US Supreme Court Will Hear Trump’s Immunity Appeal in April, Delaying Election Subversion Trial

WASHINGTON, D.C. — In an unsigned order issued today, the U.S. Supreme Court scheduled oral argument for April 2024 to resolve the question of whether former President Donald Trump is absolutely immune from criminal prosecution for his efforts to overturn the 2020 presidential election. The high court’s move will further delay the criminal trial in Special Counsel Jack Smith’s federal election subversion case against Trump, which was originally set to begin on March 4, 2024.

The Supreme Court’s decision to take up the question of presidential immunity follows Trump’s request to pause a February ruling from the D.C. Circuit affirming that he is not absolutely immune from criminal prosecution for “official acts” he undertook while serving as president. In that ruling, a unanimous three-judge D.C. Circuit panel upheld district court Judge Tanya Chutkan’s December 2023 decision denying Trump’s motion to dismiss his federal election subversion indictment on presidential immunity grounds. 

The Supreme Court’s order noted that the D.C. Circuit’s ruling will remain on hold pending its decision on the presidential immunity question, but specifically stated that the order should not be construed as “expressing any view on the merits” of the appeal. As a result of the order, the case cannot resume at the district court level and will not proceed to trial until the Supreme Court issues an opinion following its oral argument, which is scheduled for the week of April 22, 2024.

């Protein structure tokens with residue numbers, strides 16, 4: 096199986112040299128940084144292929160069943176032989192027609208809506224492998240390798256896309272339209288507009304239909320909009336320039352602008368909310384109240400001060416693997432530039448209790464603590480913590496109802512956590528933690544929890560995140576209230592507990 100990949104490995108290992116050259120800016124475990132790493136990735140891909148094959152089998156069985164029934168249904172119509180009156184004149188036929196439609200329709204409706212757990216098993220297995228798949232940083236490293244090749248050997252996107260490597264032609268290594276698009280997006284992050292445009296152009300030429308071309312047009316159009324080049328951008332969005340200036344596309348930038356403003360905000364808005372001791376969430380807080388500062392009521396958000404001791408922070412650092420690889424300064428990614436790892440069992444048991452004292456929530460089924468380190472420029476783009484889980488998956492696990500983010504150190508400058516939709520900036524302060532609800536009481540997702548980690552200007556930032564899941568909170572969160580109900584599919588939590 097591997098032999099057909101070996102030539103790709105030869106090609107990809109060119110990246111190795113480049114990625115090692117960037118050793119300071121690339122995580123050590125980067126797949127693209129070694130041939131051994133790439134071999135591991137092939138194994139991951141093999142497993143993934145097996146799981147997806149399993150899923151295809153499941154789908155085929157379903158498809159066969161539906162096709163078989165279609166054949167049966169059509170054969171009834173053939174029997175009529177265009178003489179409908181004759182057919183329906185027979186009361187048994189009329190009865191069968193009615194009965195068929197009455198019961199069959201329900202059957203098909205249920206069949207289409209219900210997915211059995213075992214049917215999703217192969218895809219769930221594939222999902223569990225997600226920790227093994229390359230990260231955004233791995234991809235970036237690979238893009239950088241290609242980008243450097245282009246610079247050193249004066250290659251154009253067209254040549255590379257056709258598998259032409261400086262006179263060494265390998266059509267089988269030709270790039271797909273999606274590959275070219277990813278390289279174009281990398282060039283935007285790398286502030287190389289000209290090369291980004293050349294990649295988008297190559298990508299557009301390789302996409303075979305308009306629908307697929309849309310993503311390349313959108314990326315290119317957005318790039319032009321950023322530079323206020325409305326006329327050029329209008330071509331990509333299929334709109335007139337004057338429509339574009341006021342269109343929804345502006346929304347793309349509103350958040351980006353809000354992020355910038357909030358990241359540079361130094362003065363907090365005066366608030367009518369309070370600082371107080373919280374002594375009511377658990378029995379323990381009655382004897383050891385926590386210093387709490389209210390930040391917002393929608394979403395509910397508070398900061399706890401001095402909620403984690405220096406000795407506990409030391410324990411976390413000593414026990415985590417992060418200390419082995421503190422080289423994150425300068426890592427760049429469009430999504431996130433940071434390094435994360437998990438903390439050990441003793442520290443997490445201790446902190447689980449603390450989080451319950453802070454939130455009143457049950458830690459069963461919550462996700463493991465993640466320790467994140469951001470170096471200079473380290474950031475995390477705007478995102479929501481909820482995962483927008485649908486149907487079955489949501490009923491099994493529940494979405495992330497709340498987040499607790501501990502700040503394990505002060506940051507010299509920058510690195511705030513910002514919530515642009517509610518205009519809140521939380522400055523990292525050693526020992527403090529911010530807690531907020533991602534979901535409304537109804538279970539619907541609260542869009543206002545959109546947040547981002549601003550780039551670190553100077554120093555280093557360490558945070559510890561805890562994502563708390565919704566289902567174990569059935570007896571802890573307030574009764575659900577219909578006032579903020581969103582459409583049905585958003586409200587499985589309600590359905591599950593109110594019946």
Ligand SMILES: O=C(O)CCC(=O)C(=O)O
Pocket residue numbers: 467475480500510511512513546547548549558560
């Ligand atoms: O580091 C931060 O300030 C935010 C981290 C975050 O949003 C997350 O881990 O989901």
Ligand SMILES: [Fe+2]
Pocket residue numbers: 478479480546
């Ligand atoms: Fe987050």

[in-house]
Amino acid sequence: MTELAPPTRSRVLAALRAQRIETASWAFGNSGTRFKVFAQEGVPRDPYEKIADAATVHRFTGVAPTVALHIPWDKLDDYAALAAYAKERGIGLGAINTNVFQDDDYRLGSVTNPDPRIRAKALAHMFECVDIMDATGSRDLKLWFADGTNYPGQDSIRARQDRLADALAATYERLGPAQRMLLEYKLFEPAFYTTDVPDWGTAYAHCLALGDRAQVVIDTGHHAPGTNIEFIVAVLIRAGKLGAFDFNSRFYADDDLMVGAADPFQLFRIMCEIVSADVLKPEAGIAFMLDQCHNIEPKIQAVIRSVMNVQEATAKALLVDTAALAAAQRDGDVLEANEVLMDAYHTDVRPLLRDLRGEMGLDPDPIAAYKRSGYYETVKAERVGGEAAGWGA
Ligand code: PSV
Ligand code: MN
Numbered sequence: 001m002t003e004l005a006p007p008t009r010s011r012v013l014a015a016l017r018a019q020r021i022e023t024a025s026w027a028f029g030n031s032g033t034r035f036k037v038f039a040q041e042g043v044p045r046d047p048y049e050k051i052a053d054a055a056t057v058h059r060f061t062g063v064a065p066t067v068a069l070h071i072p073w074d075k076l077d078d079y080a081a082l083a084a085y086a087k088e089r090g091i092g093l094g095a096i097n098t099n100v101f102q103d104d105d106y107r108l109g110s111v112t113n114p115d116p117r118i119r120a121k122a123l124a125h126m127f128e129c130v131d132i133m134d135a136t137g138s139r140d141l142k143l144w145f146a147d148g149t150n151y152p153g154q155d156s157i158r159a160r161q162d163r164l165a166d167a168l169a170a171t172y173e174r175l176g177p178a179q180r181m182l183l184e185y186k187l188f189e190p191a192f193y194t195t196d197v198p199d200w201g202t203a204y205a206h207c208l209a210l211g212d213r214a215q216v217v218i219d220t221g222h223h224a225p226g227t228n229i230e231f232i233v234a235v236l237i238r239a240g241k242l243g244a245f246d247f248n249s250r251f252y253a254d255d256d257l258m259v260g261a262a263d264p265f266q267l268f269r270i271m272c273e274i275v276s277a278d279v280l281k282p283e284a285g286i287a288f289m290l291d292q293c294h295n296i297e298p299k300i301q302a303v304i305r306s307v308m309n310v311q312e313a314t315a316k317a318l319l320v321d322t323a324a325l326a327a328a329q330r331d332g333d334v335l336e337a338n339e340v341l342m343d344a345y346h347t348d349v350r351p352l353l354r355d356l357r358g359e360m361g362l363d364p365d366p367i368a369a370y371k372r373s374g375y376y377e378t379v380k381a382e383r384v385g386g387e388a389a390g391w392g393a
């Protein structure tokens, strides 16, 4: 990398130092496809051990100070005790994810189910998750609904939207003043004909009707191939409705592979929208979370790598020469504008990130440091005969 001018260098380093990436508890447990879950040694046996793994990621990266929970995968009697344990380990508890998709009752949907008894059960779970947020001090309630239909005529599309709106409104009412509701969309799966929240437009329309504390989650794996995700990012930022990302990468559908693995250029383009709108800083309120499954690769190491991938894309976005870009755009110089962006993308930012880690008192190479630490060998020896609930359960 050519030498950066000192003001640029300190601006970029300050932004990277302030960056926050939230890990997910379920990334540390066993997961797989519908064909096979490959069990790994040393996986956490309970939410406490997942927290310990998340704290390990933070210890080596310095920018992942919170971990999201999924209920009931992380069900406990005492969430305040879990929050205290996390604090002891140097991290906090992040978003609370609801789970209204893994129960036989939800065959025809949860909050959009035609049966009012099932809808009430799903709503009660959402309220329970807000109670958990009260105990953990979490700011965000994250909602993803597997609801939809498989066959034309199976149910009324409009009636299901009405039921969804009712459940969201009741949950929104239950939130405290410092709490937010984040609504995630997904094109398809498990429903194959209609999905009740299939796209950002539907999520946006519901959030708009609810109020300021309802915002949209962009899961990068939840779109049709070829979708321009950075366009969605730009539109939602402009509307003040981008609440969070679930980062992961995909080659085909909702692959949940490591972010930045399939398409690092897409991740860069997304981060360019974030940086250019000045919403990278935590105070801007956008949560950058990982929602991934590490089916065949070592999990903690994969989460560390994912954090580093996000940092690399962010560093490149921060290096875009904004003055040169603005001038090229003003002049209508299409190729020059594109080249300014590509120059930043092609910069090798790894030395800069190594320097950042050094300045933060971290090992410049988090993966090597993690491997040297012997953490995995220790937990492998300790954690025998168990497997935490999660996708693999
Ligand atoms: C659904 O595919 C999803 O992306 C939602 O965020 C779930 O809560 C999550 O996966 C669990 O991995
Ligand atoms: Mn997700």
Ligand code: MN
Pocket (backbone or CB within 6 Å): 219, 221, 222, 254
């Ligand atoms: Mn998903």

Republican presidential candidate former President Donald Trump speaks at a primary election night party in Nashua, N.H., Tuesday, Jan. 23, 2024. (AP Photo/Pablo Martinez Monsivais)
Republican presidential candidate former President Donald Trump speaks at a primary election night party in Nashua, N.H., Tuesday, Jan. 23, 2024. (AP Photo/Pablo Martinez Monsivais)

Legal experts have already expressed concerns about how the Court’s action could decrease the likelihood of a criminal trial occurring prior to the 2024 election. In a post on X, the vice president of the Brennan Center for Justice, Wendy Weiser, wrote: “This is an outrage. In the case of accountability for #January6th, justice delayed is justice denied. Voters deserve a…full trial before it’s too late.” 

In a brief submitted to the Court earlier this month, Smith urged the justices to deny Trump’s request to pause the D.C. Circuit’s ruling, given the “unique national importance” of the case. Smith emphasized that the “public interest in a prompt trial is at its zenith where, as here, a former President is charged with conspiring to subvert the electoral process so that he could remain in office.” 

At the end of last year, the Supreme Court rejected an earlier request from Smith seeking to bypass the D.C. Circuit and have the Court decide on the presidential immunity question immediately. 

Meanwhile, trial is set to begin on March 25 in the New York criminal case against Trump alleging that he disguised payments to adult film star Stormy Daniels prior to the 2016 presidential election. The New York case is the first of the four criminal prosecutions of the former president to head to a trial. 

In addition to New York and Washington D.C. cases, two other criminal prosecutions against Trump are ongoing in Florida and Fulton County, Georgia. The Florida case concerns Trump’s mishandling of classified documents while the Fulton County, Georgia case centers on Trump and his allies’ election interference in the 2020 presidential election. Across these four criminal cases, Trump faces a total of 91 felony counts.  

Read the order here.

Learn more about the case here.